The only trace of her beauty she left behind was the sprouting of Spring
flowers peeking out from melting snow.
To Do Today: Plant some early blooming seeds today so that when they
blossom, Oniata’s good humor and temperament can also bloom in your
In Canada, people take this opportunity to enjoy the last remnants of
Winter by participating in various sporting activities ( especially
skating ) and by making snow sculptures. Try the latter activity
yourself; perhaps create a flower out of packed snow to honor and
welcome Oniata. If you live in a warm climate, you can blend up some ice
cubes to a snowy consistency for sculpting, and make it into a snowcone
afterward to internalize the energy! Or, consider going to an ice rink
for a little rest and relaxation. Return outside and appreciate any
flowers nearby. Oniata lives in their fragrance and loveliness.
from 365 Goddess – A Daily Guide to the Magick and Inspiration of the
by Patricia Telesco

Goddess Meditation

I went to Ausrine and asked what she did,
and Ausrine answered, “I am Saule’s servant, the darling little
mother-sun. I kindle her fire every morning, very early, very early.”
I went to the Sun and asked her about Ausrine. “She is dawn, my
fire-kindler,” Saule said. And what about Vakyrine, star of evening? I
asked. “Vakyrine fluffs up my bed for me,” she said.

~ Lithuanian Folksongs
Not all people saw the goddess as cosmic and unapproachable. To many
people she has been a part of the family, a familiar voice in daily
life, a member of the community. In Baltic folksongs, recorded in
Lithuania and Latvia, the Goddess is a hard-working woman like any other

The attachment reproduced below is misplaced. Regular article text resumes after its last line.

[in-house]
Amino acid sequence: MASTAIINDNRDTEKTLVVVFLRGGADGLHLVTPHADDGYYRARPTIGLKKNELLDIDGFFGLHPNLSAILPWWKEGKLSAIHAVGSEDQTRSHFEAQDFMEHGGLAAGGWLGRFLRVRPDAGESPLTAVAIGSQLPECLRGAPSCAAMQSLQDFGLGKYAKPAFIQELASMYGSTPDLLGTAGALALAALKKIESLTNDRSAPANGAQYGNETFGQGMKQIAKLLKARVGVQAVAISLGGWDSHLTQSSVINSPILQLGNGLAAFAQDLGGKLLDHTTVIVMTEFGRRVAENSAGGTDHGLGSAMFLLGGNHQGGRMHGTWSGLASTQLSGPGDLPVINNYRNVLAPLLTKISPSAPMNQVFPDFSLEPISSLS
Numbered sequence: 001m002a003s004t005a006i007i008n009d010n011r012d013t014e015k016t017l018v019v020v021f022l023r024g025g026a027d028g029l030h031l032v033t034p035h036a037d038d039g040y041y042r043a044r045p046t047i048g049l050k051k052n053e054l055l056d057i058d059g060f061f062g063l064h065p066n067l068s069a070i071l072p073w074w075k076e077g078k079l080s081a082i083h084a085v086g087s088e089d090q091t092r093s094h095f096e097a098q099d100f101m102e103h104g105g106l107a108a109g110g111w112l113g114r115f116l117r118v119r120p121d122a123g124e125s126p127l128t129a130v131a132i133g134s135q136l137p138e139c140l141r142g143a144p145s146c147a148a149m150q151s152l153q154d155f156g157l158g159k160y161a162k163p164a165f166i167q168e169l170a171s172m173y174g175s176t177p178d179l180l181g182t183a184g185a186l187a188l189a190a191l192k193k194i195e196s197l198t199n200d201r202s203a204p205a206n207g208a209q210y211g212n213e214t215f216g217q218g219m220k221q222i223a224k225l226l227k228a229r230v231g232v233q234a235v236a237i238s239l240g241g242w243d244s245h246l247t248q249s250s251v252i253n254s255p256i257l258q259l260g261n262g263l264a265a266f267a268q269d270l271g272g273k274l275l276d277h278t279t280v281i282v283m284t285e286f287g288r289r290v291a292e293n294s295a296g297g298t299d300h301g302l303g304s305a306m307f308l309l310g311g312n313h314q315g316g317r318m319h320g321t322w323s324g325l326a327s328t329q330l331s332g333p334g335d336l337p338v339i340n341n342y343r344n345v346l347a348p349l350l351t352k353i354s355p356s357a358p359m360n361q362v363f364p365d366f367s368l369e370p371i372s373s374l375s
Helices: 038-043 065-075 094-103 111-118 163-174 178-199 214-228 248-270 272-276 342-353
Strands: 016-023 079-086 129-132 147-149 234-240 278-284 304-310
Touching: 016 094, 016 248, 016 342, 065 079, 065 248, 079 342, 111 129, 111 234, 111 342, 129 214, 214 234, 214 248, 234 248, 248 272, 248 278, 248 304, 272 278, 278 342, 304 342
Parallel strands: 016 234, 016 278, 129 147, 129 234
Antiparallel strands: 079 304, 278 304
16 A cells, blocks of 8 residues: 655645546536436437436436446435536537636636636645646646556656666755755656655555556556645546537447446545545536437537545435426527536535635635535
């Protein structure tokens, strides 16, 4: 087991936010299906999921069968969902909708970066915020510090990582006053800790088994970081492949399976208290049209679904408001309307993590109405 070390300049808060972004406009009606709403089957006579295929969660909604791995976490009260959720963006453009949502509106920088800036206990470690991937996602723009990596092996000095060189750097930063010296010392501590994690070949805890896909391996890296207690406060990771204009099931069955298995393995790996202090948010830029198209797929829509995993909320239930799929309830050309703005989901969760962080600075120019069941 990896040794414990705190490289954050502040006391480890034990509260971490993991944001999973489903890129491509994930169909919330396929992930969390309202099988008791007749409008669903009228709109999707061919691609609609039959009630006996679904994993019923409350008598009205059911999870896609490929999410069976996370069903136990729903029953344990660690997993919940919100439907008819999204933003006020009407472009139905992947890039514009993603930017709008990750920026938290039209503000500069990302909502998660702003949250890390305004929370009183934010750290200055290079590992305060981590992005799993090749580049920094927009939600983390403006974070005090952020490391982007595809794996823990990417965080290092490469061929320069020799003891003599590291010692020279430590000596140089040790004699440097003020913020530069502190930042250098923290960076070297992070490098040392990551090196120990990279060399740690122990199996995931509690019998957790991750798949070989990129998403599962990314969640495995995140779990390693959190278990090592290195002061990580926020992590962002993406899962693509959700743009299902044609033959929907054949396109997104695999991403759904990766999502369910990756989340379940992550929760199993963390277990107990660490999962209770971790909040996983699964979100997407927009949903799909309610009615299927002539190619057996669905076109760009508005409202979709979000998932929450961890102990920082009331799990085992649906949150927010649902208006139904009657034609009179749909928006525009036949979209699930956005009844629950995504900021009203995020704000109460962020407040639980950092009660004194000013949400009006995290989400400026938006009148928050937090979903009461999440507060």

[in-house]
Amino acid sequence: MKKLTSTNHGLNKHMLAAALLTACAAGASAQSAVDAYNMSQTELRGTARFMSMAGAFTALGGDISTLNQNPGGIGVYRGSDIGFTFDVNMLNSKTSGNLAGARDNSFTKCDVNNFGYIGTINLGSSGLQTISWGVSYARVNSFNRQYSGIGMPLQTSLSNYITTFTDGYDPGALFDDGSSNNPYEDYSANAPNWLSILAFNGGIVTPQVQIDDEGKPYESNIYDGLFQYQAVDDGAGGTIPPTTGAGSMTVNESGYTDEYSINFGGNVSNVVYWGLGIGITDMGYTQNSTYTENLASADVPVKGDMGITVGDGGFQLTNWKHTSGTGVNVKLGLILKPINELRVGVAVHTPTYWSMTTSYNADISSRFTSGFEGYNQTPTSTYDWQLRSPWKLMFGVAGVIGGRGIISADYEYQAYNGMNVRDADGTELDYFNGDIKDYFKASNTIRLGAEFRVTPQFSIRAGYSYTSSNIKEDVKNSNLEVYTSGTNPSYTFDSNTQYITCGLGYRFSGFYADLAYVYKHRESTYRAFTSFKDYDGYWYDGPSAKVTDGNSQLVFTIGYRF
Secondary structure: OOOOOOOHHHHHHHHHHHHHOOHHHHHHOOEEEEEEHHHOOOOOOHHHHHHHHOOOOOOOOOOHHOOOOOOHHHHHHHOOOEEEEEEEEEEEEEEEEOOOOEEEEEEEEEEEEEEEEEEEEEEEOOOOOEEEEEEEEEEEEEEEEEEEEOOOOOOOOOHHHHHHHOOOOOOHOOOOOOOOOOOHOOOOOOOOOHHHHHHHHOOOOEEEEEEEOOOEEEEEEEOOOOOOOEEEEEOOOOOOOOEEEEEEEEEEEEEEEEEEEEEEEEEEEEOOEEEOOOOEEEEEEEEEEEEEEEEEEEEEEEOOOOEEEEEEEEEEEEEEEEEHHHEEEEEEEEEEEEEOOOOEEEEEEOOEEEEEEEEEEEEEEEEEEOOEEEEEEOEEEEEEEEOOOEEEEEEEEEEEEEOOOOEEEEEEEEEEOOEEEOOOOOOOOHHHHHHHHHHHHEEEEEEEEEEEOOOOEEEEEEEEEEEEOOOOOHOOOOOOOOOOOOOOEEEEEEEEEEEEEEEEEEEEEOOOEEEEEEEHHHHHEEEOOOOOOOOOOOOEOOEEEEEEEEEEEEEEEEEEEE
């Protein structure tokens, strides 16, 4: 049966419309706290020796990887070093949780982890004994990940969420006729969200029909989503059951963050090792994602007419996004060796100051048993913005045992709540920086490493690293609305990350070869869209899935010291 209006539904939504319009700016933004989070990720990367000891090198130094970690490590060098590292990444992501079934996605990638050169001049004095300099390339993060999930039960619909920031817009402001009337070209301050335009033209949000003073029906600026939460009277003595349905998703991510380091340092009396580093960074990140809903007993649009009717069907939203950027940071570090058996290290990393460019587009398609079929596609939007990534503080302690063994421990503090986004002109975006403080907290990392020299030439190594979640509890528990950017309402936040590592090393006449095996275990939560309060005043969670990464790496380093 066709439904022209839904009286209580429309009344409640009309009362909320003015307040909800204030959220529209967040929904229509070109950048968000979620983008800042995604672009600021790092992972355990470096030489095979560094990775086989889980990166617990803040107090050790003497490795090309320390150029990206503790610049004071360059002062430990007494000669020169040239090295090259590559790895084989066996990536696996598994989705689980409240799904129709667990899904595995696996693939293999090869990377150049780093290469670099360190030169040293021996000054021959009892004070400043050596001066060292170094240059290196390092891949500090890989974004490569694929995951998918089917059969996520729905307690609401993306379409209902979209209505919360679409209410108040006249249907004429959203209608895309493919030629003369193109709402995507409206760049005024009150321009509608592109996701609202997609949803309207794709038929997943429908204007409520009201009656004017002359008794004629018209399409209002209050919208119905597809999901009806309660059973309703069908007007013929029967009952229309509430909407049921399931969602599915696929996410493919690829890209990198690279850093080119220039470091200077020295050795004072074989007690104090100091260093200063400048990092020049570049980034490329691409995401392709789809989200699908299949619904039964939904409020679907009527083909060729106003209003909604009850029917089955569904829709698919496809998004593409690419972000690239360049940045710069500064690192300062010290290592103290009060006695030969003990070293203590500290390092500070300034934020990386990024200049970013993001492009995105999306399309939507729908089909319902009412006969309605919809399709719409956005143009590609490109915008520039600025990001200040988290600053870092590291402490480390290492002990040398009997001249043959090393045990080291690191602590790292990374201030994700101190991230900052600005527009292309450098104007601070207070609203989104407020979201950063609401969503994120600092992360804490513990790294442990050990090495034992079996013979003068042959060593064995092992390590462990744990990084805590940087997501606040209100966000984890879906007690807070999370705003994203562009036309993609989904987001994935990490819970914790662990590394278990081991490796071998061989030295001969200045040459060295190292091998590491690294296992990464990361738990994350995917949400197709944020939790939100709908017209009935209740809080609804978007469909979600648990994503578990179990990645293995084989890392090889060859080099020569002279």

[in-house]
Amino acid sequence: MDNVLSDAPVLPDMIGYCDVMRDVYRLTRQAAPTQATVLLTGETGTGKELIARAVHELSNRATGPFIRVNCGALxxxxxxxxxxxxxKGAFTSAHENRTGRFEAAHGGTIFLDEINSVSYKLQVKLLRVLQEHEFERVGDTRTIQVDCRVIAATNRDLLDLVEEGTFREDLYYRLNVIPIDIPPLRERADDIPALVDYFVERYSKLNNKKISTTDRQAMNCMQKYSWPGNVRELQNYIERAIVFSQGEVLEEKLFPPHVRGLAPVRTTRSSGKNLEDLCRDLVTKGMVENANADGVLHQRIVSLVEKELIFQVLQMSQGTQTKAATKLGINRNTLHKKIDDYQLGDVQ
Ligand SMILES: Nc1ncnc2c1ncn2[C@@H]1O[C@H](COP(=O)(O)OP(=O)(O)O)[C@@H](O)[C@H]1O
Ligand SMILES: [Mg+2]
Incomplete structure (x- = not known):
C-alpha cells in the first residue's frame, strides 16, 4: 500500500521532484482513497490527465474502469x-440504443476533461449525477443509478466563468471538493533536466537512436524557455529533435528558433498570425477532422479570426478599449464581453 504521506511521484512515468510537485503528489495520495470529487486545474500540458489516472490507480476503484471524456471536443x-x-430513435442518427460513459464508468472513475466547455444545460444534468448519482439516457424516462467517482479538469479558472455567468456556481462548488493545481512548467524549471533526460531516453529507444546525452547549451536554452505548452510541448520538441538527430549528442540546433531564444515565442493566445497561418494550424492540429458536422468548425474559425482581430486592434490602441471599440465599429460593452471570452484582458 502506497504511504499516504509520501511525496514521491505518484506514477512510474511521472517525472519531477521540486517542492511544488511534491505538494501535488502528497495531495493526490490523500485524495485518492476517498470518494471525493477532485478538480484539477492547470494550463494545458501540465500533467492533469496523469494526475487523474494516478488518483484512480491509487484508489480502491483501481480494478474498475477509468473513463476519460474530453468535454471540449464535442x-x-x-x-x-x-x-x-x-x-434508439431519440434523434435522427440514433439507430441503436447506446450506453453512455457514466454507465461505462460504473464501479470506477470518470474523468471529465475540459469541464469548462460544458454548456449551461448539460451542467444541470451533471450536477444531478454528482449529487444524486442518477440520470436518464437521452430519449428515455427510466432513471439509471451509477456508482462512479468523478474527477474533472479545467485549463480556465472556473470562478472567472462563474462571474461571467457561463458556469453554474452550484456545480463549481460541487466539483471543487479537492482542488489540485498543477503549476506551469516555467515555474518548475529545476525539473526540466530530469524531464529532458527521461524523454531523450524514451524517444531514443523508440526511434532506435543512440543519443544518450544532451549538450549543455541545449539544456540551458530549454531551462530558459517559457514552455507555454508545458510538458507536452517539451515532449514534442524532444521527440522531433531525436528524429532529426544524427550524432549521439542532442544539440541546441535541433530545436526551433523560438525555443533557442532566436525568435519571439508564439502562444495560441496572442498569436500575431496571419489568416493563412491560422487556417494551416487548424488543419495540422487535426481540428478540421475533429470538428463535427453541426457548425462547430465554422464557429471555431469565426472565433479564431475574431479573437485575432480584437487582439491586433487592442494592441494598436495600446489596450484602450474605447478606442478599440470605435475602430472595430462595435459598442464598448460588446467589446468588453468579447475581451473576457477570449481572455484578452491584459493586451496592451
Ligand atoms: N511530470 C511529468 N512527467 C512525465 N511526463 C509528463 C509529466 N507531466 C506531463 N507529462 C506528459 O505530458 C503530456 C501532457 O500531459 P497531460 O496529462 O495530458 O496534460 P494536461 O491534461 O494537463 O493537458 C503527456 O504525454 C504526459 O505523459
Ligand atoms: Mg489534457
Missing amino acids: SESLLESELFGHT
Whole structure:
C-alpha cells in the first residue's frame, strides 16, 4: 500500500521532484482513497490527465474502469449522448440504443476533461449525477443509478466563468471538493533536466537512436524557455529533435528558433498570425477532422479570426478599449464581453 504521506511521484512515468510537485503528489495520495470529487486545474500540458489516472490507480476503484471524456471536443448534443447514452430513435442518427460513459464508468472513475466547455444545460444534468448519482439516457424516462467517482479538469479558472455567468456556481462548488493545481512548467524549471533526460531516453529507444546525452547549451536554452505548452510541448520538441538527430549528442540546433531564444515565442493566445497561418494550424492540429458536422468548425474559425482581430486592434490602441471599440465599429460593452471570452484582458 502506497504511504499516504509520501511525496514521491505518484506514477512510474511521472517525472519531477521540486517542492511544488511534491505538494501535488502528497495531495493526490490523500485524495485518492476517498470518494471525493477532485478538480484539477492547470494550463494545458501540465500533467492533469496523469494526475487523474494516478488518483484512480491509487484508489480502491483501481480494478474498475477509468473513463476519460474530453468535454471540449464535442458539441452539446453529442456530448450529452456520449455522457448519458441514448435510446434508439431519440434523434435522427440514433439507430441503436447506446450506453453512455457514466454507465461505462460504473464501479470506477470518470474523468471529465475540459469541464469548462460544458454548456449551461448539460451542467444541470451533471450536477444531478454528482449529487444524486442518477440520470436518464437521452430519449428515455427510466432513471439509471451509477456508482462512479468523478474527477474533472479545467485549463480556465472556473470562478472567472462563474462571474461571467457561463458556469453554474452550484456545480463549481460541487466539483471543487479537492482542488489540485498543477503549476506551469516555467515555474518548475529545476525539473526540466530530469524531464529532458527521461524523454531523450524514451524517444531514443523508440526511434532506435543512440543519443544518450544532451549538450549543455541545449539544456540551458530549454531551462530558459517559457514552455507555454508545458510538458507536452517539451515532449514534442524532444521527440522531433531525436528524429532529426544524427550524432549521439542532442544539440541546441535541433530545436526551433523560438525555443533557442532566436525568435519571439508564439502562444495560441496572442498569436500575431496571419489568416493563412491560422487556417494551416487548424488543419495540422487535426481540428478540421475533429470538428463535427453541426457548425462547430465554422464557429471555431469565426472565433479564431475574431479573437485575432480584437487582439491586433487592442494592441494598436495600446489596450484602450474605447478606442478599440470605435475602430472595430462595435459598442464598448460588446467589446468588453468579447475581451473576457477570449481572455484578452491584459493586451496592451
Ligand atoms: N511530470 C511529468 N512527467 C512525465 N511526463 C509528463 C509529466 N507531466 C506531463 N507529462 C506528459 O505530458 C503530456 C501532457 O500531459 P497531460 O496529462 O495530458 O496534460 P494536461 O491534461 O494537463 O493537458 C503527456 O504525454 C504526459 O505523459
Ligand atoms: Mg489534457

in the village. She lives with her family of daughter goddesses, each of
whom have special household tasks. She goes to work each day and
returns, tired and ready for bed. She is, in other words, just like you,
just like me.
And we are just like her. It is not only our great actions that make us
goddesses, but our invisible daily lives as well. Like her, we rise each
morning; like her, we retire to our beds each night. We talk with our
friends, we do our work, we care for our loved ones. In each of these
actions, we are participating in the energy and power of the goddess.

from The Goddess Companion – Daily Meditations on the Feminine Spirit
by Patricia Monaghan

Bless this Day

May this day be blessed with gifts
Lessons, understanding and friends
May my energy be a gift to all I meet
Let me be centered, healing and open
May I face the day with courage
kindness, insight and compassion
May my spirit and body, honor this day
~ Abby Willowroot © 1999

Moisturizing Vitamin E Cream

Good for rough, dry or chapped skin

4 Oz Olive Oil
3 Tablespoons Beeswax
2 Oz Orangewater
5000 Units Vitamin E
5 Drops Oil of Orange Flower or Orange Peel
Melt the oil and wax using a double boiler. Remove from heat and add orangewater. Stir Thoroughly.

Pierce 10 capsules of 500 units of Vitamin E. Squeeze contents into the cream.

Add essential oil and stir continuously until cool.

Crafts for Bird Lovers

Recipe for a Gardener’s Wreath
Mix peanut butter, birdseed & suet. Spread mixture on a pine cone or
small grapevine wreath. Hang it from a tree outside for your fine
feathered friends.
“Scatter raisins on the ground to attract Robins”

Grow a Gourd Birdhouse
Grow a bottle gourd to provide a home for martins, wrens & swallows.
Allow gourd to dry on the vine. Then store in a cool dark place for
several months to dry completely. Drill a one inch hole for the door and
a small drainage hole in the bottom. Varnish the Gourd and hang it
outdoors for your Fine Feathered Friends.
“Spine-tailed swifts have been clocked at speeds of up to 220 miles per

Log Birdfeeder
We just took and ordinary piece of a small log and carved holes into it.
We filled the holes with bird meal and fastened some decorative chain
for hanging and then hung it out in the yard. It was very popular with
the birds this winter. – Jackie
“Most small birds can fly at speeds of up to 30 miles per hour”

Tasty Treats for Birds
2 T corn oil
1/2 cup rolled oats
1 cup peanut butter
1 cup sunflower seeds
1/2 cup whole wheat flour
1/2 cup crushed eggshells
1 cup vegetable shortening
Combine ingredients, adding cornmeal until it holds firm. Form into
small balls & coat with cornmeal. Freeze & use as needed.

© 2000 Gardener’s Paradise
All rights reserved